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Beatrice Shlansky / Staff Photographer

With the iconic style of Bob Fosse’s original choreography in mind, choreographer Sophie Visscher-Lubinizki raised the bar for future CMTS productions.

As Pippin made his final exit through the audience, young Theo turned back to the set. Dimmed lights were brought up again as he took center stage, and the experience of finding oneself was poised to begin once again.

The Columbia Musical Theater Society performed “Pippin” from Oct. 24 to 26 at the Minor Latham Playhouse to four sold-out audiences. In addition to strong technical cohesion throughout the production, the cast’s genuine enthusiasm for the show and the opportunity to perform it gave CMTS’s “Pippin” its stand-out qualities.

“Pippin” is famous for its over-the-top choreography and infectious soundtrack. Over its many iterations, several of which have won Tony Awards, the allegorical production has taken on many forms. Director Sophia Houdaigui, BC ’21, was careful to honor the show’s history while making CMTS’s production unique.

Key to bringing this vision into fruition was choreographer Sophie Visscher-Lubinizki, BC/JTS ’21. With the iconic style of Bob Fosse’s original choreography in mind, Visscher-Lubinizki raised the bar for future CMTS productions. Moments of technically impressive ballet and jazz sequences flowed seamlessly into acrobatic lifts and bends in ambitious group numbers like “Magic to Do” and “With You.”

The show follows the journey of a recently graduated son of the medieval King Charlemagne, transplanted by Houdaigui into 1960s America—a rather obvious choice of era given national political and social turmoil at the time. CMTS’s “Pippin” chronicled a young man wandering from Vietnam to free love, counter-culture to suburbia in search of what he called “fulfillment” in life.

Mark Pierce, CC ’20, embodied the titular role effortlessly, fumbling through scene after scene with the audience. Pippin is a relatably flawed character, with an arrogance and ignorance that Pierce managed to balance with sensitivity and undeniable charm. Pierce elicited the sympathy of audience members throughout the show. As Pippin is surrounded by family and peers who have seemingly “figured it all out,” parallels to the college experience became undeniable.

With the audience’s attention and compassion in hand, Pippin matured emotionally and intellectually.

Oftentimes, this maturity was displayed through the physicality brought to each moment on stage. In numbers like “War Is a Science” and “On the Right Track,” Pierce’s ability to develop his character through choreography as well as through posture and gesture was particularly strong. Vocally, “Corner of the Sky” and “Extraordinary” were strengthened by Pierce’s confidence and natural talent.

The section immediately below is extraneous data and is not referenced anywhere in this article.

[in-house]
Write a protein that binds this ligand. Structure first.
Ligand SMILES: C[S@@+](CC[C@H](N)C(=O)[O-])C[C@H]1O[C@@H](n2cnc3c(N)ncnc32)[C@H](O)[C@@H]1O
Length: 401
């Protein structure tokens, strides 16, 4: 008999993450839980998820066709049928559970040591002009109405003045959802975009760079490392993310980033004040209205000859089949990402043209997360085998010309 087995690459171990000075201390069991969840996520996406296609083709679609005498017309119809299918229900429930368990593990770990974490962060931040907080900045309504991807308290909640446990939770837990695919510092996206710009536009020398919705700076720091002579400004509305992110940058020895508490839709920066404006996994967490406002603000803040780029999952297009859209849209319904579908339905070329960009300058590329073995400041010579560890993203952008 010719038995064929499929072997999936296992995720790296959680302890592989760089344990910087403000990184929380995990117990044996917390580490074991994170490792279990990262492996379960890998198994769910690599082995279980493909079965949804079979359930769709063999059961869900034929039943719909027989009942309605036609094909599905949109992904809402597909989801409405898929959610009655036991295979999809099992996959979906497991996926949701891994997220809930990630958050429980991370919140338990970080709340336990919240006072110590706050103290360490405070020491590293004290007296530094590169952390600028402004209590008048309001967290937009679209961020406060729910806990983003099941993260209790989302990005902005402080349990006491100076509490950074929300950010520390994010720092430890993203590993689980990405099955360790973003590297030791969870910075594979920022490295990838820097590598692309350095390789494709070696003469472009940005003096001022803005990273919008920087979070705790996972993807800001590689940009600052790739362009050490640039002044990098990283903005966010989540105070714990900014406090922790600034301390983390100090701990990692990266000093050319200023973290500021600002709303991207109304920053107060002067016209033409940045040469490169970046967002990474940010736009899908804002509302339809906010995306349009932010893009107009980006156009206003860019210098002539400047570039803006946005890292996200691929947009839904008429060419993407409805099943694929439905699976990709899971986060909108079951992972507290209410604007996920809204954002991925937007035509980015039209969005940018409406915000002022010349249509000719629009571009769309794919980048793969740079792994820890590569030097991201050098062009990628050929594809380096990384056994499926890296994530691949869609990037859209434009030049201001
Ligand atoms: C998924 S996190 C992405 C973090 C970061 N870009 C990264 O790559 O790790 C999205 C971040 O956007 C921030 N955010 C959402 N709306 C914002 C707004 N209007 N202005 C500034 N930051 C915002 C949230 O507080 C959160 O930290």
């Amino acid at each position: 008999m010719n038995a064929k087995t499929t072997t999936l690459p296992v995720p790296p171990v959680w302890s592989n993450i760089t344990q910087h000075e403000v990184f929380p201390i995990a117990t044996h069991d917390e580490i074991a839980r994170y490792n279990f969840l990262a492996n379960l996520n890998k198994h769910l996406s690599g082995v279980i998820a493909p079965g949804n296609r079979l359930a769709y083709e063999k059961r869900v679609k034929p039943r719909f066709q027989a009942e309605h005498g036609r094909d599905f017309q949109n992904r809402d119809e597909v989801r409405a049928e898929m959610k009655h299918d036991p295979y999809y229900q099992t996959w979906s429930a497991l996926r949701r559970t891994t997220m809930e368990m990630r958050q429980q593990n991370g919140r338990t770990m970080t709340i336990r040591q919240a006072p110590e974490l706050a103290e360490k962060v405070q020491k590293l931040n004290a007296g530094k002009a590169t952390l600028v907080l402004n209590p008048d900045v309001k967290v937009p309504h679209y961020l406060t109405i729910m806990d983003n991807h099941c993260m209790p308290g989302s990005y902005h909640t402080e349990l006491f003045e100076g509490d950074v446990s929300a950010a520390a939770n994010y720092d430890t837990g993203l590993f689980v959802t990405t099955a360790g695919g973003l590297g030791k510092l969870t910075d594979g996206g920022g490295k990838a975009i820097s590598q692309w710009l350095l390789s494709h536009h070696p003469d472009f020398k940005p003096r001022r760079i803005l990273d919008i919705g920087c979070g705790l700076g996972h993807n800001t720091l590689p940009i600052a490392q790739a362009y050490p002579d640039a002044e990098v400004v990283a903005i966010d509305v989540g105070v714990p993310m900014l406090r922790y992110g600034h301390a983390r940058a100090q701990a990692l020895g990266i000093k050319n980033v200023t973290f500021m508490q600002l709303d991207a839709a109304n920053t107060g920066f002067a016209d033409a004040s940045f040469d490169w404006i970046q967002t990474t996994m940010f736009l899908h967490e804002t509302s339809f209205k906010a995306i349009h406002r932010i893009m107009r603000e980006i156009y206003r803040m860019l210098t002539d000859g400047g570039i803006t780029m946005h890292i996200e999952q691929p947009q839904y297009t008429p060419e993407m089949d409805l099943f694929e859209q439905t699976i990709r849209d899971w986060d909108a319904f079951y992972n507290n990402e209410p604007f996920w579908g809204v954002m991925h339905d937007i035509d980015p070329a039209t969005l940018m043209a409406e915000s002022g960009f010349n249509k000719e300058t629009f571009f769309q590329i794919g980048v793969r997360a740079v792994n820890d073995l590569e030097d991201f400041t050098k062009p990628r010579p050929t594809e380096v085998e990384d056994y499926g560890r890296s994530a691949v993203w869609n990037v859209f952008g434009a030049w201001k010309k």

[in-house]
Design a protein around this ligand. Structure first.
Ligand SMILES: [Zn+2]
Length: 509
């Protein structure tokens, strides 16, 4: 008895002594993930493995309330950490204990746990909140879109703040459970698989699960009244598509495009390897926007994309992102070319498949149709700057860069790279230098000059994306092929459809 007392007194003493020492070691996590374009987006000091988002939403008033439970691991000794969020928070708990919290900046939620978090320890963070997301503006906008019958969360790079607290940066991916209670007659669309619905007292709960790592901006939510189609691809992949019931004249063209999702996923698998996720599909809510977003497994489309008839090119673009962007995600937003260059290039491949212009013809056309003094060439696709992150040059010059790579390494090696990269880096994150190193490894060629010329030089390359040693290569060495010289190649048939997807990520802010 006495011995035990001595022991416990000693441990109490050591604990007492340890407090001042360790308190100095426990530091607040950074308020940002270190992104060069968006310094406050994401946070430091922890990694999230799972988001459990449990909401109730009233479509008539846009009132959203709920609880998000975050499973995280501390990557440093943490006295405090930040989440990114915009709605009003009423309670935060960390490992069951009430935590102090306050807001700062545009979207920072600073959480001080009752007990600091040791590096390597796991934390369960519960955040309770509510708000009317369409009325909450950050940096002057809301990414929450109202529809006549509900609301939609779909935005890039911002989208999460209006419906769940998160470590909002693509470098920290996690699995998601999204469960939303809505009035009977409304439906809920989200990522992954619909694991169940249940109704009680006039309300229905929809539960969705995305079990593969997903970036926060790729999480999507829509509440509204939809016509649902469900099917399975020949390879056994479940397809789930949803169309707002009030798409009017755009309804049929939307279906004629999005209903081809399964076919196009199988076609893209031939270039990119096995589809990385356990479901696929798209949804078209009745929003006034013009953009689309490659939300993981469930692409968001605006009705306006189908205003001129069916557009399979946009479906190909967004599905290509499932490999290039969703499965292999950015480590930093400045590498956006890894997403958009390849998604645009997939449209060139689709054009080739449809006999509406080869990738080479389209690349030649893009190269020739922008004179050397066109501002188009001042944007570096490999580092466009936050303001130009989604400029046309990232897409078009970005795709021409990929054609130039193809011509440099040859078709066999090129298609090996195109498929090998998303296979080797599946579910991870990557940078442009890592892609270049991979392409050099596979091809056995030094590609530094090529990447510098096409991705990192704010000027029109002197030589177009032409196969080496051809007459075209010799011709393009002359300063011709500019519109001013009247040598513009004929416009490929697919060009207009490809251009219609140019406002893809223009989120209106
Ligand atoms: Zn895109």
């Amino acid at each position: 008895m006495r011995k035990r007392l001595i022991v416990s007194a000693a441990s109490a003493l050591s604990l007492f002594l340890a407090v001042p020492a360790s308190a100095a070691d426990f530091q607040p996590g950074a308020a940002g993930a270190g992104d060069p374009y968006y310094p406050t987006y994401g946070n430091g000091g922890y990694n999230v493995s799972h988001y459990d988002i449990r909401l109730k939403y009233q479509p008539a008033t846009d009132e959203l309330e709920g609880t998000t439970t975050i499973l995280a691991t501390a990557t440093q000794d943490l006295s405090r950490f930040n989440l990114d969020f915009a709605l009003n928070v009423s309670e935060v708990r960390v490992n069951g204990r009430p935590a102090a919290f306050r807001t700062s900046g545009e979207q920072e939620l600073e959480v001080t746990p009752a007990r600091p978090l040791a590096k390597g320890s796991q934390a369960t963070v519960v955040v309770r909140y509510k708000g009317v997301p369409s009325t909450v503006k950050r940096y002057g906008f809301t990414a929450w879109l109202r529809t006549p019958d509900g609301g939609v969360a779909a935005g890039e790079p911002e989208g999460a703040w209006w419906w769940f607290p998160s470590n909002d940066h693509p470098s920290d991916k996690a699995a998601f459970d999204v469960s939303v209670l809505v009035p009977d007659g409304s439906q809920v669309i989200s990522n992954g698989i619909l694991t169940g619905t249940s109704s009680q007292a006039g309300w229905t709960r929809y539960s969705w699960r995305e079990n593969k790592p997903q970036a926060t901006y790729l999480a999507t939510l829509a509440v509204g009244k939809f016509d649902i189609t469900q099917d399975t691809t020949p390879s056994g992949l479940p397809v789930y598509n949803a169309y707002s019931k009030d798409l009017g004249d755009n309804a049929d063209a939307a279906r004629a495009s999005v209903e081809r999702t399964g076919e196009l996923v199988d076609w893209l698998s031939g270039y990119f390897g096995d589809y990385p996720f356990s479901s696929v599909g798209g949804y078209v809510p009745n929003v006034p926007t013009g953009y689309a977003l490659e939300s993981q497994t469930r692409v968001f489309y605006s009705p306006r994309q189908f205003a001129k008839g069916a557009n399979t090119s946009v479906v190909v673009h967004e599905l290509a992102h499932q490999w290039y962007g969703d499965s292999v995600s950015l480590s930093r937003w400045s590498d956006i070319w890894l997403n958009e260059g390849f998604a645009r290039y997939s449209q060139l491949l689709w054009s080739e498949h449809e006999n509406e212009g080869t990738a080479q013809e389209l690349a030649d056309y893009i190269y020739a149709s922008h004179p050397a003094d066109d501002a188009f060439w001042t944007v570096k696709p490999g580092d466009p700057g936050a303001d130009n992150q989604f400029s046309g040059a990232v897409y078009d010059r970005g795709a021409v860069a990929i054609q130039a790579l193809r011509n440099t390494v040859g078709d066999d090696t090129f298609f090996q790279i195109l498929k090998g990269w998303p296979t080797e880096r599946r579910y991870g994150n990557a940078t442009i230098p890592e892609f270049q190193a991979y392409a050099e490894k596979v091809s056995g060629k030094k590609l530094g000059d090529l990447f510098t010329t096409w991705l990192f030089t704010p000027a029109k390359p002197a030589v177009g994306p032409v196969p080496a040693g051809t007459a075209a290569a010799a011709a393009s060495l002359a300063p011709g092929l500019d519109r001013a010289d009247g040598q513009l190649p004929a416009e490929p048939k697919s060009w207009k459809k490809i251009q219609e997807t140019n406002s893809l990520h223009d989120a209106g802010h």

Helping to navigate Pippin and the audience through the story was the Leading Player, portrayed by Lauren Wilmore, BC ’20. Wilmore’s ability to command the audience’s focus was powerful, supported by impressive vocals and precise movements. The part requires an air of mystery and engagement critical to the progression of the show. Wilmore accomplished this by frequently breaking the fourth wall, offering sidenotes and mischievous glances towards the audience.

Another guiding light in Pippin’s tale was his grandmother Berthe, played by Jackie Chu, BC ’22. With a single song to perform, Chu harnessed exceptional vocal talent and theatrical ability to create one of the show’s best numbers. In addition to its sheer entertainment value, “No Time At All” marked a turning point in Pippin’s path towards fulfillment.

King Charlemagne, played by Armand Procacci, CC ’23, was a frequently over-the-top comedic presence throughout the production. Despite playing the part with a “Gaston”-like arrogance, Procacci reeled in the drama when necessary. King Charlemagne guides Pippin with genuine care, at times providing much needed harsh reminders of the realities of growing up.

Jordynn Lurie, SEAS ’20, played the King’s wife, Fastrada. Often accompanied by Procacci, the two were at their strongest when dancing in numbers like “Magic to Do” and “Finale.” Lurie, who previously competed on “So You Think You Can Dance,” was given a chance to showcase her talents in numbers like “Spread a Little Sunshine.”

By the end of the show, Pippin learns that life is not fulfilled by earning acclaim or acquiring power. In the end, he finds happiness with Catherine, played by Morgan Grant, BC ’22, a widow living in the suburbs with her son Theo, played by Russell Graviet, CC ’23. Grant’s reserved demeanor in the role was a sharp contrast from the sometimes hectic progression of the first act. Pippin’s time living with Catherine brings the story to a domestic end, to the dismay of the Leading Player and her followers.

Unlike the rest of the plot, the ending is calm and poignant. As Pippin lets go of his visions of a grandiose and unattainably extraordinary life, theatrics fade. Props are removed from the stage, musicians fade to silence. Lights dim, and Pippin finds peace singing his last verse unaccompanied.

Staff writer Sophie Smyke can be contacted at sophie.smyke@columbiaspectator.com. Follow Spectator on Twitter @ColumbiaSpec.

Pippin CMTS Minor Latham Playhouse musical theater Smyke
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